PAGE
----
Cats may also be prescribed Prazosin and Gabapentin, these medications target the painful urethral muscle spasms and neuropathic pain pathway that contribute to the frequency and straining common in FLUTD. Medications targeted towards inflammation such as steroids or anti-inflammatories may also be used.
The most prescribed antianxiety medications are fluoxetine and amitriptyline. These medications increase the cat’s ability to deal with anxiety and lower the cat’s stress hormones. Decreasing the levels of stress hormones helps some cats break the cycle of neurogenic inflammation that causes FLUTD symptoms. Anxiety medications are used for cats that have frequent recurrent symptoms of sterile cystitis.
Antibiotics will NOT help 95% of cats with FLUTD symptoms. Administration of unnecessary antibiotics may increase FLUTD symptoms due to the stress of having medication forced upon them. An antibiotic should ONLY be prescribed after a positive urine culture or a urinalysis has confirmed a bacterial urinary tract infection. If antibiotics are prescribed, oral medications are most effective (Clavamox or Orbifloxacin).
Decrease the Environmental Stress
If we can point to a recent one-time stressor, such as moving to a new home or upheaval in the daily routine, then once the cat has recovered, there is a good chance that the problem will not recur.
If the cat must contend with daily stress, such as another animal bullying them, recurrent symptoms and long-term therapy with environmental changes are likely to be required. Cats are intelligent and active creatures that can develop anxiety from boredom and lack of stimulation. Increasing exercise and mental stimulation can decrease a cat’s stress. Create a cat friendly environment. Cats need safe spaces such as cat trees to perch on and good hiding places provide an important retreat. Visit www.indoorcat.org for ideas to create a stress-free environment.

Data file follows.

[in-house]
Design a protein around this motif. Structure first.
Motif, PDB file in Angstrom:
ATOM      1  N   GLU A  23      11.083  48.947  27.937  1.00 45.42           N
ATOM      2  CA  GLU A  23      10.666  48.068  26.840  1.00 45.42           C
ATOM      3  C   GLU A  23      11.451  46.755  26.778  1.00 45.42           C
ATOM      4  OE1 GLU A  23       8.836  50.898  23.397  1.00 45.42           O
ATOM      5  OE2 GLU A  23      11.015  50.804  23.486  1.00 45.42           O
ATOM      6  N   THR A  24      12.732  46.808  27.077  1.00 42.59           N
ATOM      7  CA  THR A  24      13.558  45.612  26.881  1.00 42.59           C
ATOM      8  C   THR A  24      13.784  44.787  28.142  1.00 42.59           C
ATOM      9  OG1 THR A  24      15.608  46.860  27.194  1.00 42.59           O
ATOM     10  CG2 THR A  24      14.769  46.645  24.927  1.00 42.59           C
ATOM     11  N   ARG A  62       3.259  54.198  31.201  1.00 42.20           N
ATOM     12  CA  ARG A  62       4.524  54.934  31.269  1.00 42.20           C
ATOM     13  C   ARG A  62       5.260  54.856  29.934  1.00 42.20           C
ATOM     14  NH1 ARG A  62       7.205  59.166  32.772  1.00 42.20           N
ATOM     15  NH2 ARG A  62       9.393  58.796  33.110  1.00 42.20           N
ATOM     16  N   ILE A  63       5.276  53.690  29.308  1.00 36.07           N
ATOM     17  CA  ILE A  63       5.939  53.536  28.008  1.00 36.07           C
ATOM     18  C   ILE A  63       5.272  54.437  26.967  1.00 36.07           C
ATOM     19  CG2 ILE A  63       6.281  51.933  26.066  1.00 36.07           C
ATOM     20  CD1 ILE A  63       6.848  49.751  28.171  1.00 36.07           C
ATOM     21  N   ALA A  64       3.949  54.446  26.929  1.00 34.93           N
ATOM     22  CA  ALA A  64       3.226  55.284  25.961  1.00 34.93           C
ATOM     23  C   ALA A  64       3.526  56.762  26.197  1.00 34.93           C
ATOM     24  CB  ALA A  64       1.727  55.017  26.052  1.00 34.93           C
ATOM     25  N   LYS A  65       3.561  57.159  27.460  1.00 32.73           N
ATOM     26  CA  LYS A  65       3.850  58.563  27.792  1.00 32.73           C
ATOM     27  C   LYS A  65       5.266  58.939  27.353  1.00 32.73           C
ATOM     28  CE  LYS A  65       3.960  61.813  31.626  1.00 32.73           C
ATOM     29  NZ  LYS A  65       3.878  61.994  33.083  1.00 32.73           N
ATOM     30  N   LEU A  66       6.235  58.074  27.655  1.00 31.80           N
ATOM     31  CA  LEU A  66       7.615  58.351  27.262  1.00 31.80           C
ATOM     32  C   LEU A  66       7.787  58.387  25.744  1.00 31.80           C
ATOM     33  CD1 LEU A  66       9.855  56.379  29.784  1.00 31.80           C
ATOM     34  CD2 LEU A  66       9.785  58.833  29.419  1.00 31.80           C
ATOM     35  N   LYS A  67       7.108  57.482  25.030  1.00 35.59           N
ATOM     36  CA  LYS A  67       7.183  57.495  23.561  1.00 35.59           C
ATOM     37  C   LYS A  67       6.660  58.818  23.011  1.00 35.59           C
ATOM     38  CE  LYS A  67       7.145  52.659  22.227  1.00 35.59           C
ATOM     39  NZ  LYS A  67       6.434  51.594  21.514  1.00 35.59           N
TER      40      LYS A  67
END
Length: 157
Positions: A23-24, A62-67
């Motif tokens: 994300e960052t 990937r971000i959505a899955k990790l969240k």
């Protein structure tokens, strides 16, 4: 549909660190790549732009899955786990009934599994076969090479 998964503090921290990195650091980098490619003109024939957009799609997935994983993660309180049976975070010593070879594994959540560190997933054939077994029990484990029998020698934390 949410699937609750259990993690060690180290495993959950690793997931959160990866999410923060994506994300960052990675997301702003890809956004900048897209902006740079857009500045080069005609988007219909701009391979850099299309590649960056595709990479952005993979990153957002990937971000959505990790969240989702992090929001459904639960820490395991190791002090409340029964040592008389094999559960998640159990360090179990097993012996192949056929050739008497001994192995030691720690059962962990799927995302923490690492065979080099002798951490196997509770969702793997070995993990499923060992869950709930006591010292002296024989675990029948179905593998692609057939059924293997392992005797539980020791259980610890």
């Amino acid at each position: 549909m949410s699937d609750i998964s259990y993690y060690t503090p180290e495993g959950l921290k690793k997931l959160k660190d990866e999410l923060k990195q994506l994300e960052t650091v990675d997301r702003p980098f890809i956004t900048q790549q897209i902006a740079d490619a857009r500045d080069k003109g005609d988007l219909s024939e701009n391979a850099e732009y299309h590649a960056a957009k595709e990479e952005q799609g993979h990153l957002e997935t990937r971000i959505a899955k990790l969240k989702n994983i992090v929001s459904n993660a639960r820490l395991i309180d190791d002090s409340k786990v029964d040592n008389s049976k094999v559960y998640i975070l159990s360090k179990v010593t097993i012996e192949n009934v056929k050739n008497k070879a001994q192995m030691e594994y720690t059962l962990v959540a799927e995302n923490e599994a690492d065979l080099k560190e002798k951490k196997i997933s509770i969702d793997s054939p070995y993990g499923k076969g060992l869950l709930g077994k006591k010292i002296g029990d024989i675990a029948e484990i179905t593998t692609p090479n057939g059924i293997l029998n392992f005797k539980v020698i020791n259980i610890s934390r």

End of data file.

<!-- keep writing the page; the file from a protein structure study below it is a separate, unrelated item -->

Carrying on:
Improve Liter Box Accommodations
The litter box can be a source of stress for many cats. Cats need a clean private bathroom. Most cats prefer a large, open litterbox with litter that is unscented and sandy in texture. Litter boxes need to be cleaned daily; nobody likes a dirty bathroom. Multiple litterboxes are ideal. The recommended number of litter boxes is one per cat plus one extra. Litter boxes should be distributed in a variety of different locations and levels throughout the house.
Feed Prescription Urinary Cat Food:
Cats with a history of recurrent symptoms of FLUTD or crystalluria should be fed a prescription urinary diet. Controlled research studies have repeatedly demonstrated an 80% lower rate of FLUTD episodes in cats fed the prescription foods compared with cats fed over-the-counter pet store foods.
Prescription urinary diets:
The three formulations of prescription food available are Hill’s Science Diet C/D, Purina UR, and Royal Canin SO. All of these foods work well to prevent the incidence of FLUTD. The cat’s personal taste preferences often determine which food is used long term.
Increase Water Intake
Cats evolved as desert creatures; they do not instinctively drink enough water. Highly concentrated urine is more likely to irritate the delicate bladder lining and minerals are more likely to precipitate out to form crystals or stones. The toxic substances in concentrated urine will contribute to FLUTD.
Ways to increase water intake: